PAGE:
Ginger (Zinziber officinale) A perennial native to tropical Asia, but known in the west  from an early date. The root provides the well-known spice.
Grape juice (Vitis Vinifera) As regards the recipe in which this appears (# 108 (the third)), it is important to recognize that grape skins provide one of the richest environments for naturally occurring yeast.
Honey This natural source of sugar has been known from the very beginning of  human experience. I recommend using inexpensive generic grades of honey, not only to  control cost but also for the fact that the generics are blends from several different pollen  sources, just as Mediaeval honey most likely would have been. Single source honeys,  particularly the clovers, have a tendency to overwhelm other flavors with their own  distinctive essence.
Long Pepper (Piper retrofractum) A pepper variety from Java; P. longum, from India, is also referenced by this name on occasion.
Marjoram (Origanum officale) A perennial spice native to the Mediterranean and Asia.
Mastic (Pistacia lentiscus). An aromatic tree of the pistachio family, providing a gum  resin often used in folk medicines.
Mint (Mentha) It is not indicated in the recipe whether Peppermint or Spearmint is meant; my feeling is that Spearmint is the reference, since that subspecies (M. spicata) tends to be more southerly in native clime.
Myrobalan An unguent compounded from the dried fruit of a variety of tropical trees, high in tannin content and used, in fact, in the tanning industry
Nard, Wild nard (Aralia) Any of a variety of species of this perennial bush, normally known in Europe as Spikenard.
Red Rose  (Rosa) Many species and varieties go toward making up this nearly  ubiquitous flowering shrub; it is impossible to know just exactly which red rose the authors  meant.
Saffron (Crocus sativus) A small, somewhat toxic perennial found in the Mediterranean and Iran.
Sebesten (Cordia) The nuts of either C. mysa or C. latifolia, shrubs of the Borage family found in Egypt and India.
Sedge (Cyperus Longus L.) A species of wetland reed, grass like in appearance, and related to Egyptian Papyrus.
Sijistan sugar candy,  Sij. sweetmeats; crystallized sugar These are referred to in off-hand fashion in several recipes, with little indication as to exact composition. Sijistan was a region in south-central Iran, adjacent to the Fars district.
Tamarisk seed (Tamarix) Any of several closely related species of this shrub found in semi-arid and salt desert regions.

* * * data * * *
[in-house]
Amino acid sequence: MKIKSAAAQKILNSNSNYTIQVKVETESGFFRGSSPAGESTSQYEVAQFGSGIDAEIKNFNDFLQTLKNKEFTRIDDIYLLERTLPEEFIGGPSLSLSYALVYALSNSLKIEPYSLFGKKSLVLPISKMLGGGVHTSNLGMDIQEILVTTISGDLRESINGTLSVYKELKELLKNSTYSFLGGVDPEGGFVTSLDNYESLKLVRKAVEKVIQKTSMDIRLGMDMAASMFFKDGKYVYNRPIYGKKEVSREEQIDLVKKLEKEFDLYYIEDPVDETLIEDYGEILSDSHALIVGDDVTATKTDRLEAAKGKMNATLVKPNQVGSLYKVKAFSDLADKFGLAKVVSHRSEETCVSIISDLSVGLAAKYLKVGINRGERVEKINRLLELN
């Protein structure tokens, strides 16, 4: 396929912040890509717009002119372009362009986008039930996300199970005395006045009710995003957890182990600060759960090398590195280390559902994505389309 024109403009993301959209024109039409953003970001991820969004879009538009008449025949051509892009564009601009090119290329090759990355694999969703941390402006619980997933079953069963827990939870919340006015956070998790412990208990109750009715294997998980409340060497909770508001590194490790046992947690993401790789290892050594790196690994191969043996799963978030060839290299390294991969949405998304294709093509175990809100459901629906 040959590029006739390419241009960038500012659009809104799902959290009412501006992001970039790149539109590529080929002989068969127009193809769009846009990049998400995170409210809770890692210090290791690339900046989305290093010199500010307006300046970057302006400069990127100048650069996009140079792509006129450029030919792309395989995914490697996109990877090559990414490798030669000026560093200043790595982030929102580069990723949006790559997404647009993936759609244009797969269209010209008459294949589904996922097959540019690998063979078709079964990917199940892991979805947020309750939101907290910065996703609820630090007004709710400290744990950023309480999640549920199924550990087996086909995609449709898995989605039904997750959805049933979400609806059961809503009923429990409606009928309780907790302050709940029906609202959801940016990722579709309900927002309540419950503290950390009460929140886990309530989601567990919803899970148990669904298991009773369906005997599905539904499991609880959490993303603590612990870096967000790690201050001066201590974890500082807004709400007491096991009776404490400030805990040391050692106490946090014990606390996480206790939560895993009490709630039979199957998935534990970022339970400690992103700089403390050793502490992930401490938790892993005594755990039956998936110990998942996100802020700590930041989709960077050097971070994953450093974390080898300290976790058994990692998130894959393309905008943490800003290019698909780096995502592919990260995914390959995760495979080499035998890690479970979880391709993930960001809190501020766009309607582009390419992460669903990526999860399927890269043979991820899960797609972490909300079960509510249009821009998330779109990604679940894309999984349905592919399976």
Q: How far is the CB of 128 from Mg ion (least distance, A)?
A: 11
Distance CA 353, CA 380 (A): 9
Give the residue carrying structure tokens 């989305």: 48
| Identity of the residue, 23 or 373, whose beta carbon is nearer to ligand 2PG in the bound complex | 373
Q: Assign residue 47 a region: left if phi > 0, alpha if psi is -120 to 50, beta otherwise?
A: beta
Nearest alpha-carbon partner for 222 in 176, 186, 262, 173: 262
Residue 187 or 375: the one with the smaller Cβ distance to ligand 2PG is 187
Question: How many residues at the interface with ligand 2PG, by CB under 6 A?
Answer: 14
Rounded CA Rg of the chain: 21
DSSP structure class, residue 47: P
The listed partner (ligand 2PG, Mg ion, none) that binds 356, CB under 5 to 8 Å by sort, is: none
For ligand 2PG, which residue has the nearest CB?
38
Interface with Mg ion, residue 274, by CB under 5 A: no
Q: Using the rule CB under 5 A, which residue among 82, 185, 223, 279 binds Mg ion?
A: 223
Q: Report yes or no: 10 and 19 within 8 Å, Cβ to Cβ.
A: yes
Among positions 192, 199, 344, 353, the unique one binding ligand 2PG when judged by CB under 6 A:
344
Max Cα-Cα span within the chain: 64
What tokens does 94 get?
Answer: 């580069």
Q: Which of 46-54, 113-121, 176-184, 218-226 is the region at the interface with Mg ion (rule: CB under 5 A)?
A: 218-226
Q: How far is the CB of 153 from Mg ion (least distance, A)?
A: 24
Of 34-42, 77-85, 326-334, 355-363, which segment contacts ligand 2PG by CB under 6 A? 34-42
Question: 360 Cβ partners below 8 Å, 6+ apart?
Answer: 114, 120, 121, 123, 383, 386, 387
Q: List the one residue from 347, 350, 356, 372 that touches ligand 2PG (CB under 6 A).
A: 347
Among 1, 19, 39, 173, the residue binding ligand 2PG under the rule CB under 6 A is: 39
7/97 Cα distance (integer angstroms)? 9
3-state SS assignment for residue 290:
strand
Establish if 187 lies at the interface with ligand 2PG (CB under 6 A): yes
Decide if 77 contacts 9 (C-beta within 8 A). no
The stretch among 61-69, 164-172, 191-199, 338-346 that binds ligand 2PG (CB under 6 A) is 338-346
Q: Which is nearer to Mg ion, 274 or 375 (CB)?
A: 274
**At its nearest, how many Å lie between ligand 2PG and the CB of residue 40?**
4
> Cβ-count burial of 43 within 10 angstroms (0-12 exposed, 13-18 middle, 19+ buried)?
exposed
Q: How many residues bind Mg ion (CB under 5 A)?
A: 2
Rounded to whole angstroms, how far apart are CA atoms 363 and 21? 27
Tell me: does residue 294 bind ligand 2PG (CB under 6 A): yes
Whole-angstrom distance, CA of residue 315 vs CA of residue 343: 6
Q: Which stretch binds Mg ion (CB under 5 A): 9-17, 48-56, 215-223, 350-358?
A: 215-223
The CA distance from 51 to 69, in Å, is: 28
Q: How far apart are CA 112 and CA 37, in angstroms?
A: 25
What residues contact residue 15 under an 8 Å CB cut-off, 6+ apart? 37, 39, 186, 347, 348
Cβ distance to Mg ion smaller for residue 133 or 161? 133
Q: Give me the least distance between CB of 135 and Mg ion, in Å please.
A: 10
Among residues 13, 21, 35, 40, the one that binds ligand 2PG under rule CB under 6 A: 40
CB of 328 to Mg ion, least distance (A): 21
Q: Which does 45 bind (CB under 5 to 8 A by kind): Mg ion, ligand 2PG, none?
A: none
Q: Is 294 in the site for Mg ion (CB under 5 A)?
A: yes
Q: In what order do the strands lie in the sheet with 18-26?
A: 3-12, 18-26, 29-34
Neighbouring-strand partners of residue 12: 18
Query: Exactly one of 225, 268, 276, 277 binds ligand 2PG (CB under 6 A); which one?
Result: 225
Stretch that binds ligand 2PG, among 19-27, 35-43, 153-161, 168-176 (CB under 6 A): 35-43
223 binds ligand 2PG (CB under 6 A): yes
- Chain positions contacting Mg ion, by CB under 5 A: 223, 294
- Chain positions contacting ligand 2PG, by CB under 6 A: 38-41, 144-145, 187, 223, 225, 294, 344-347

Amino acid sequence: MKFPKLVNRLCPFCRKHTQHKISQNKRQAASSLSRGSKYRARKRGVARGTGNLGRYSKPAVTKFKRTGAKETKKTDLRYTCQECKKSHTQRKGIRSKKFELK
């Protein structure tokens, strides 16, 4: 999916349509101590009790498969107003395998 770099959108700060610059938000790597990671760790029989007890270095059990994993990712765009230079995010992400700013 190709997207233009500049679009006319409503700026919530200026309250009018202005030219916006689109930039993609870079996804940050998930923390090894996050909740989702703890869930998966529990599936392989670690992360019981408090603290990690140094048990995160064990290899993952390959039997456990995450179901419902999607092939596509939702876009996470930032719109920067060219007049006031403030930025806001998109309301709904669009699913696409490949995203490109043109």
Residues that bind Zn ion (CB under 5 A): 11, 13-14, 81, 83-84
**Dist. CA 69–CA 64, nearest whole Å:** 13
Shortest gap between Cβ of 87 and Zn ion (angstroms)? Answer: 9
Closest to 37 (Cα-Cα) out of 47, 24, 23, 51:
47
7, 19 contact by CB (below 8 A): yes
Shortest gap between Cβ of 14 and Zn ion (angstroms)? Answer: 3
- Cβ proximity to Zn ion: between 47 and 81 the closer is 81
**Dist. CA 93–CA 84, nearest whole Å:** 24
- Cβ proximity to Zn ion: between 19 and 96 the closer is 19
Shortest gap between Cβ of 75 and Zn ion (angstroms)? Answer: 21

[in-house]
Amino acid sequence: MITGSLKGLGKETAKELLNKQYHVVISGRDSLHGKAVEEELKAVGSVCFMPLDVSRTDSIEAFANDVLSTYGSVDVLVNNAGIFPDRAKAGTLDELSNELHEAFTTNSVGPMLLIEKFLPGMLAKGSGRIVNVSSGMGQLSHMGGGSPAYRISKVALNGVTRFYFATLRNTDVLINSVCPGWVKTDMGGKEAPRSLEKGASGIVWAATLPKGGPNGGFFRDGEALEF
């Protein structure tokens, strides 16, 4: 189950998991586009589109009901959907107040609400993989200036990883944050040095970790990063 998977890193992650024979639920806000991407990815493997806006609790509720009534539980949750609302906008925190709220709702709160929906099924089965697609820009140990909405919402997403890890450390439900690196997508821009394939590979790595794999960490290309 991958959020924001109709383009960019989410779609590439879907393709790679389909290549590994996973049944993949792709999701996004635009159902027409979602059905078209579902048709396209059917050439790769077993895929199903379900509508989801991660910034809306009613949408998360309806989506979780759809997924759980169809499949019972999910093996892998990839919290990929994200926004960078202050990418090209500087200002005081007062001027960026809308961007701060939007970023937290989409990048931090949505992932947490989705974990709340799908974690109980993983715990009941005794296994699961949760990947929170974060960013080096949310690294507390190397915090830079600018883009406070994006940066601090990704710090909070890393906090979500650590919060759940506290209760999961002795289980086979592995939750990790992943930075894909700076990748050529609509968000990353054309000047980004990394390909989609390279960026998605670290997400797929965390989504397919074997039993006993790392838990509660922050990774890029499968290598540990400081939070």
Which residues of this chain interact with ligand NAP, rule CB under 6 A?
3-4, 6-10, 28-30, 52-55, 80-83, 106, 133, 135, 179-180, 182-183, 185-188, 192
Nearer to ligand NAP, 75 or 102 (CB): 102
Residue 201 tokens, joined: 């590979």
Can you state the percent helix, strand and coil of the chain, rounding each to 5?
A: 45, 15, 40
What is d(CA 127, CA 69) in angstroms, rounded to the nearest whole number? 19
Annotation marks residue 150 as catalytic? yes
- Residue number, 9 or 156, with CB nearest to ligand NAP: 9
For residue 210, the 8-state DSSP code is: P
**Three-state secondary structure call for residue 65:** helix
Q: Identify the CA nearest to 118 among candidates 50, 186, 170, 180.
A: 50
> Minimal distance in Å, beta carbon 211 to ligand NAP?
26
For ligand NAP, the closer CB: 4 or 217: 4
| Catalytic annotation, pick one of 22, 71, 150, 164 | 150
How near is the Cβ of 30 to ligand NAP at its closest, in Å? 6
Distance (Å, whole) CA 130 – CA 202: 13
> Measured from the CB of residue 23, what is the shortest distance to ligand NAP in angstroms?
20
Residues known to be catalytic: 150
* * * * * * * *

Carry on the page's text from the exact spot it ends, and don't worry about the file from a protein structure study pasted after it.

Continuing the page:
Thyme (Thymus Serpyllum). Wild thyme, and closely related to the common kitchen herb.
Vinegar (Acetic acid (CH3COOH)) Any of a variety of distilled vinegars.
Walnut (Juglans regia) This is the Iranian variety of this well-known nut tree.
Yew (Taxus) Any of several species of this evergreen tree. It is unclear from the recipe what part of the plant is intended, the foliage and seeds (but not the arils) are toxic.

A note on measurements: The units of measure used throughout these recipes are standard Baghdad  weights of the 9th century. Here are equivalents in metric and sterling:

1 dirham     =      3.125 grams      =       .11 ounce (avoir.)
1 mithqal    =      4.46 grams        =       .157 ounce
1 awqiya    =    33.8 grams          =     1.19 ounces
1 ratl          =  406.25 grams        =   14.328 ounces (.8955 pound) (Technically, a ratl = 144 dirham (drachms), but in practice these measures often varied in the marketplace.)


Encyclopaedia Britannica, 15th edition, 1974. Many articles to confirm botanical names (which change more frequently than one might imagine) where ambiguity was found in other  sources.
Gibb H. A. R., Kramers J. H., Levi-Provencal E., Schacht J. (Editors). The Encyclopedia of Islam (8 Vols.). E. J. Brill, Leiden, 1979
Humbarger, Grant. Period Metrology. in The Compleat Anachronist, Vol. 82, Nov. 1995
Levey, Martin.The Medical Formulary, or Aqrabadhin, of al-Kindi. Univ.of Wisconsin Press, 1966. This version contains, aside from explanatory notes and indices of materia and foreign terms, the complete text of the original. A translation is presented on each page, and the facing page contains a photograph of the original document, showing the Arabic.
Lust, John. The Herb Book. Bantam Books, New York. 1974. A detailed reference guide to a wide  variety of medicinal herbs and botanicals.

This Version: 15 Nov. 2000

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Sakanjubins and Oxymels A short review of these non-alcoholic preparations found throughout the Middle East. This paper is the basis for a class I teach on the topic.